Title Towards Culturally Aware Artificial Intelligence (via zoom) Abstract
AI technologies are becoming increasingly pervasive in our daily lives, impacting diverse areas such as healthcare diagnosis and online content moderation. However, these technoloiges often overlook the voices and viewpoints of historically marginalized communities in non-Western settings. Instead of promoting inclusivity, current AI systems unintentionally reinforce power imbalances, prioritize Western norms, and neglect minoritized expressions. Through concrete examples from our work across various domains, including content moderation, addressing ableism, countering misinformation, and advancing frontline healthcare, I will illustrate how current AI technologies fall short in representing the cultural, socioeconomic, and linguistic diversity found in non-Western regions. Furthermore, I will propose essential steps that we must take to develop Culturally Aware AI so that its benefits are derived equitably by everyone in the world. Bio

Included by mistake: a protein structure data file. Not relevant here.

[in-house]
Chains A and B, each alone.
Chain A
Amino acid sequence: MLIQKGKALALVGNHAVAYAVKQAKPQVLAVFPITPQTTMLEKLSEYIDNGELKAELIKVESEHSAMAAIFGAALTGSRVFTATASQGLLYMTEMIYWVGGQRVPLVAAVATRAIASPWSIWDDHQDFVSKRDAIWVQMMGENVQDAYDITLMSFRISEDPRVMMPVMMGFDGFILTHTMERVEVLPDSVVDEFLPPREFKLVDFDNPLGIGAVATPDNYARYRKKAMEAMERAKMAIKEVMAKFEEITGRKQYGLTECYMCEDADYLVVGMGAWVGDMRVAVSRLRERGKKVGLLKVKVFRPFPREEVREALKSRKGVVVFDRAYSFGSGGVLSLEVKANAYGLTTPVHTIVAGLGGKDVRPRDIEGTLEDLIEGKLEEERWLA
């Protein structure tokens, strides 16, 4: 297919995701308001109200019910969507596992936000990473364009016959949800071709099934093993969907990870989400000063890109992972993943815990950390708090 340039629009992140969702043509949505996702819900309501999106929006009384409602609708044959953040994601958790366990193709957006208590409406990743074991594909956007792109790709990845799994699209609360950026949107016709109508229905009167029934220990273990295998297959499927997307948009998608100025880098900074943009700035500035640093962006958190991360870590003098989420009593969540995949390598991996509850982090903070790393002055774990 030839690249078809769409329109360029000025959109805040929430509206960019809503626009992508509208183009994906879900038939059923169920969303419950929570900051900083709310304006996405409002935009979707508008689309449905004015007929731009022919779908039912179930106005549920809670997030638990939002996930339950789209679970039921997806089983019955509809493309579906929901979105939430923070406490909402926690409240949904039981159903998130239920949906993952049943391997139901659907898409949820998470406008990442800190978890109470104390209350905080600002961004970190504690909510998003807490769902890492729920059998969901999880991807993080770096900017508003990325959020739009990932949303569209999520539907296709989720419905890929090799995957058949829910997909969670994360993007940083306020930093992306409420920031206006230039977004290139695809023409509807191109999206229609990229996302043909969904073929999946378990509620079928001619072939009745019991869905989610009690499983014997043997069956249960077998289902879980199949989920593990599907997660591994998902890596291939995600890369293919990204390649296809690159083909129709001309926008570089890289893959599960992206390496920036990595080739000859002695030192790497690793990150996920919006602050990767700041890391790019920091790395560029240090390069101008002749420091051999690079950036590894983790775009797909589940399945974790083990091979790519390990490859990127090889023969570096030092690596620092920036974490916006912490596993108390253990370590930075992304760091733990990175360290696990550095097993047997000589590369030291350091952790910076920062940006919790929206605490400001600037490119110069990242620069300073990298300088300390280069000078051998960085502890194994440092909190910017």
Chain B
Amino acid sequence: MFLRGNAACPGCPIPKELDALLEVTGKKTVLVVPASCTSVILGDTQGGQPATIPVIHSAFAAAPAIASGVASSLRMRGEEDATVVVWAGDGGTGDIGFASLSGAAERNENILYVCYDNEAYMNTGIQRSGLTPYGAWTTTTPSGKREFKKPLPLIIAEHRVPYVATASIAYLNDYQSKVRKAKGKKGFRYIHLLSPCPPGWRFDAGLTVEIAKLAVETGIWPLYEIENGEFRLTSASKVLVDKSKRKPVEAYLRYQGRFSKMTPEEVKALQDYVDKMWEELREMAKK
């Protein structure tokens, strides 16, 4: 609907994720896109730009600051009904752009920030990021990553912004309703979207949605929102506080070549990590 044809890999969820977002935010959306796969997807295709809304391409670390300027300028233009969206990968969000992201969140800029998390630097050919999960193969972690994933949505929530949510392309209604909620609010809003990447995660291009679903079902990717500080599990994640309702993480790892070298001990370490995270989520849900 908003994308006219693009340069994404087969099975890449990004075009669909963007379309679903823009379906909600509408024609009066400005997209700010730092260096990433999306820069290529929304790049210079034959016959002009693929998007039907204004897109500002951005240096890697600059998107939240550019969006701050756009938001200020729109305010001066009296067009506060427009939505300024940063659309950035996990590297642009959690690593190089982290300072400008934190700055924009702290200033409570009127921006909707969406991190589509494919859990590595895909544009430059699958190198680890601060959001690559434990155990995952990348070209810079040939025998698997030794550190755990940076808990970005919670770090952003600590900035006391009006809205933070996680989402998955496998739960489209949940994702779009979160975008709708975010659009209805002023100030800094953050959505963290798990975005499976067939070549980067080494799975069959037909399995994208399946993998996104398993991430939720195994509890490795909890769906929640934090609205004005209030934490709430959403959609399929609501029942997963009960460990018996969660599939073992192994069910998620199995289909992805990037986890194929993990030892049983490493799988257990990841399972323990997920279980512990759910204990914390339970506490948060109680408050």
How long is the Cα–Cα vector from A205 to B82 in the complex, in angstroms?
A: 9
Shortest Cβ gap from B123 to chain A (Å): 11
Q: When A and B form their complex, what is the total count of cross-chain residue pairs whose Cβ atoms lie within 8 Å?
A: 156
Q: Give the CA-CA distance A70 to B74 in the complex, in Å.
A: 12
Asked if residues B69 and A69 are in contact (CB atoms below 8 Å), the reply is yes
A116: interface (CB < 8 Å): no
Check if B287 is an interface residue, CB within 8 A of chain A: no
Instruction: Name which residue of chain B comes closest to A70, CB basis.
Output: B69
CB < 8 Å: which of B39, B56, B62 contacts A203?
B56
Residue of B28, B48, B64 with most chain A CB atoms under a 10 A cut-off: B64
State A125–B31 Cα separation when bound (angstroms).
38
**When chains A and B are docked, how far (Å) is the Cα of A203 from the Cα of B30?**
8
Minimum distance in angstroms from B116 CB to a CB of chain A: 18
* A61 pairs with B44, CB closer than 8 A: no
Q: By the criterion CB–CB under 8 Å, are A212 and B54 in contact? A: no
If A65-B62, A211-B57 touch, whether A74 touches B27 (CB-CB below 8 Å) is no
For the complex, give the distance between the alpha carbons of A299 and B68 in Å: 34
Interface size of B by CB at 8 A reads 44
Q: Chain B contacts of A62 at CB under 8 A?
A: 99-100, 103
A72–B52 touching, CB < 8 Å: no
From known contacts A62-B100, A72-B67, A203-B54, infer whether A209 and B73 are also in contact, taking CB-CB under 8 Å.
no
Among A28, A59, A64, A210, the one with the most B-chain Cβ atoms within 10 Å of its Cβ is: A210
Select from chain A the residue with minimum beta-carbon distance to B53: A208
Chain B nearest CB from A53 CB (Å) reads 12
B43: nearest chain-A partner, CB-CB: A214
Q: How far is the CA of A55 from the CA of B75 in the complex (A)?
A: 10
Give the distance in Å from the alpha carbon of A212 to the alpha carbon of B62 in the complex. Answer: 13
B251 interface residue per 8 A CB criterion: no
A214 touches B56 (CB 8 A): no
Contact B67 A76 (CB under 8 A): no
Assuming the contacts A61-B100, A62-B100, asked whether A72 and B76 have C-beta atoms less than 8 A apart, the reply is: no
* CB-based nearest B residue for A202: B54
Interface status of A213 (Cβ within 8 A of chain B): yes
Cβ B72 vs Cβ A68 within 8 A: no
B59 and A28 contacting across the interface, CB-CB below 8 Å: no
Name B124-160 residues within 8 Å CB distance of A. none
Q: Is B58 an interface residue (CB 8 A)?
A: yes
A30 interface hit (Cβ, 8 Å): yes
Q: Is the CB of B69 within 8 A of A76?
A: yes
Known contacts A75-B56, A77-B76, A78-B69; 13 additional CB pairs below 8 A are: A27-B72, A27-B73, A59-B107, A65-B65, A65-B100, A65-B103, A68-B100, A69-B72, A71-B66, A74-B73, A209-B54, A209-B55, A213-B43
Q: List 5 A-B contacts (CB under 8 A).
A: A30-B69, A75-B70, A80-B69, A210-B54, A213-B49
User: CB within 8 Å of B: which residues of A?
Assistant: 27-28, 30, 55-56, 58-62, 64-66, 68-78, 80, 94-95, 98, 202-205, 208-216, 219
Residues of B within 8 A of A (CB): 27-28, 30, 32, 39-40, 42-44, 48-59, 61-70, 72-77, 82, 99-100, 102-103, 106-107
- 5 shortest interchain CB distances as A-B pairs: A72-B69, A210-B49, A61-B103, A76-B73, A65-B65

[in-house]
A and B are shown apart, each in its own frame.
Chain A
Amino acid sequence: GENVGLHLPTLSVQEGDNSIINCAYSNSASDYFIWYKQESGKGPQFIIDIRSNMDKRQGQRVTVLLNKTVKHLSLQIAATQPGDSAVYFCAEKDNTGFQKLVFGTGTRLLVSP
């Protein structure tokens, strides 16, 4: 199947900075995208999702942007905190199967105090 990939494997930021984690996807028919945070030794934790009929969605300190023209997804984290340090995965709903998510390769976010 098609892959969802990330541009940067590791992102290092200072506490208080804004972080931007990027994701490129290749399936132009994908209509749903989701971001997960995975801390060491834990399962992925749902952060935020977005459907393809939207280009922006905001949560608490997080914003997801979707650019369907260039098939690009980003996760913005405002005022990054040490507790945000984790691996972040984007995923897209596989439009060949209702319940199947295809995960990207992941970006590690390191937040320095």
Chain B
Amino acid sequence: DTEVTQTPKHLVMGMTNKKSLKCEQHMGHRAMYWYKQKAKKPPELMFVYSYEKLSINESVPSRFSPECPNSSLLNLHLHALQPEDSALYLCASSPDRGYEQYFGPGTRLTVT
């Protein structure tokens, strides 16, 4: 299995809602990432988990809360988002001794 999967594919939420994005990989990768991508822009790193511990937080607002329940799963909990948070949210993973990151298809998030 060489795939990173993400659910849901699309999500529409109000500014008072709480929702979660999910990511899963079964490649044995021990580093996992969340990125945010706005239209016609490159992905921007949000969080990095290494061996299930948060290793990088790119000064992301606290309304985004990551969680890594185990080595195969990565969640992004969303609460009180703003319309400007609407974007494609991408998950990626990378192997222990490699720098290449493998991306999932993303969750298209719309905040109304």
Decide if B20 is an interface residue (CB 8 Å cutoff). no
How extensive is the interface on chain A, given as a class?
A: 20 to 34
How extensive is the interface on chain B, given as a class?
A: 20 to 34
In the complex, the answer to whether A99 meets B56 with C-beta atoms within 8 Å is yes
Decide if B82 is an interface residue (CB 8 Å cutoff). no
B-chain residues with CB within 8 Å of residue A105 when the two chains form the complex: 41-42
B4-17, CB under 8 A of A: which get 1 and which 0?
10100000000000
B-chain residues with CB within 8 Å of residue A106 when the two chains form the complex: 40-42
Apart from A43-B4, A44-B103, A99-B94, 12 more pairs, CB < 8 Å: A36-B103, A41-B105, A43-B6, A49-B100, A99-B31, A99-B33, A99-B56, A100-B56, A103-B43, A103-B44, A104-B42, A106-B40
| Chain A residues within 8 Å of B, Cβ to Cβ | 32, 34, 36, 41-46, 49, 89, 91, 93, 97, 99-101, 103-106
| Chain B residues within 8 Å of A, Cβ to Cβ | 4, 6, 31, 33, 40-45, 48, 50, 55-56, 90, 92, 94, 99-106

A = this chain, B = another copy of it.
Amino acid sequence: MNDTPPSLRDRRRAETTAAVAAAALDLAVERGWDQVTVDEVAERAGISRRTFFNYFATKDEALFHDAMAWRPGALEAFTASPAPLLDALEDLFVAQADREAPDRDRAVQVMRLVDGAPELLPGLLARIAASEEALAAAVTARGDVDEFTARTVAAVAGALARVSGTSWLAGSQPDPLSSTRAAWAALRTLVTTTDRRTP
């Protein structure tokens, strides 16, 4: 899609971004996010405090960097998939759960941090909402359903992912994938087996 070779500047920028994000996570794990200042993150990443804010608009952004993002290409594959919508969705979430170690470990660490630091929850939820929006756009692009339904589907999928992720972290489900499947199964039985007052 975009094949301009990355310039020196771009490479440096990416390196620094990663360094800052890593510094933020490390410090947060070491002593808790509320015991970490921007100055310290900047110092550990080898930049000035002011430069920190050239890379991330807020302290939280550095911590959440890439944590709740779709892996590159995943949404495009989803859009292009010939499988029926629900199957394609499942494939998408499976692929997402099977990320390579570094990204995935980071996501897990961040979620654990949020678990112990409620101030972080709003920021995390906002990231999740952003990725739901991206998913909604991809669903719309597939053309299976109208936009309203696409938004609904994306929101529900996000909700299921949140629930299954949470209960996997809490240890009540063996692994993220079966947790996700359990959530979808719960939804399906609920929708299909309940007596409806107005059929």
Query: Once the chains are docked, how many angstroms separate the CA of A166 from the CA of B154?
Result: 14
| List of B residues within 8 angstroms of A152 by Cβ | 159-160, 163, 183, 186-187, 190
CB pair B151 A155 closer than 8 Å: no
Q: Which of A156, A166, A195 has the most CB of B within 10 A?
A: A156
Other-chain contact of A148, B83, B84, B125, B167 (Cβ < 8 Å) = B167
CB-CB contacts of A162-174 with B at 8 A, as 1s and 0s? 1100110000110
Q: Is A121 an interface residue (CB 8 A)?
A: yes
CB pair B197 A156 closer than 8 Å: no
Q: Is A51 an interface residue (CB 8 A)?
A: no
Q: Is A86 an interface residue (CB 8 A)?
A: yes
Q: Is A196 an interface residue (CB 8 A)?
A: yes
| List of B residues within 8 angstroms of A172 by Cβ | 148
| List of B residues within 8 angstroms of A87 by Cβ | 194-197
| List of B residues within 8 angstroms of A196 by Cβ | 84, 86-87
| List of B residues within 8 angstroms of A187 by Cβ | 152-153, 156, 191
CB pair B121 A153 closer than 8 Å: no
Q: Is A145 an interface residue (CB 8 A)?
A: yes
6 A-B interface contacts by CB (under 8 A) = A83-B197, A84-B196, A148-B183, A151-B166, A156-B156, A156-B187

Aditya Vashistha is an Assistant Professor of Computing and Information Science at Cornell University. He also holds faculty fellow positions at Cornell Atkinson Center for Sustainability, the Digital Life Initiative, Cornell Center for Health Equity, Cornell Center for Social Sciences, and the Mario Einaudi Center for International Studies. His research focuses on designing and evaluating technologies that contribute to the socioeconomic development of underserved communities in low-resource environments. His current work aims to: (1) combat misinformation and hate speech in low-income communities, and (2) design responsible AI systems for high-stakes settings. He has co-authored over 60 peer-reviewed publications, including several best paper awards at premier venues. Aditya's work has received numerous awards, including a USAID Seed Grant, Facebook Access Innovation Prize, Facebook Fellowship, UW College of Engineering Award, and Google and Microsoft Faculty Research Awards. He earned a Ph.D. in Computer Science and Engineering from the University of Washington, where his dissertation received recognition through the William Chan Memorial Dissertation Award and the WAGS/ProQuest Innovation in Technology Award.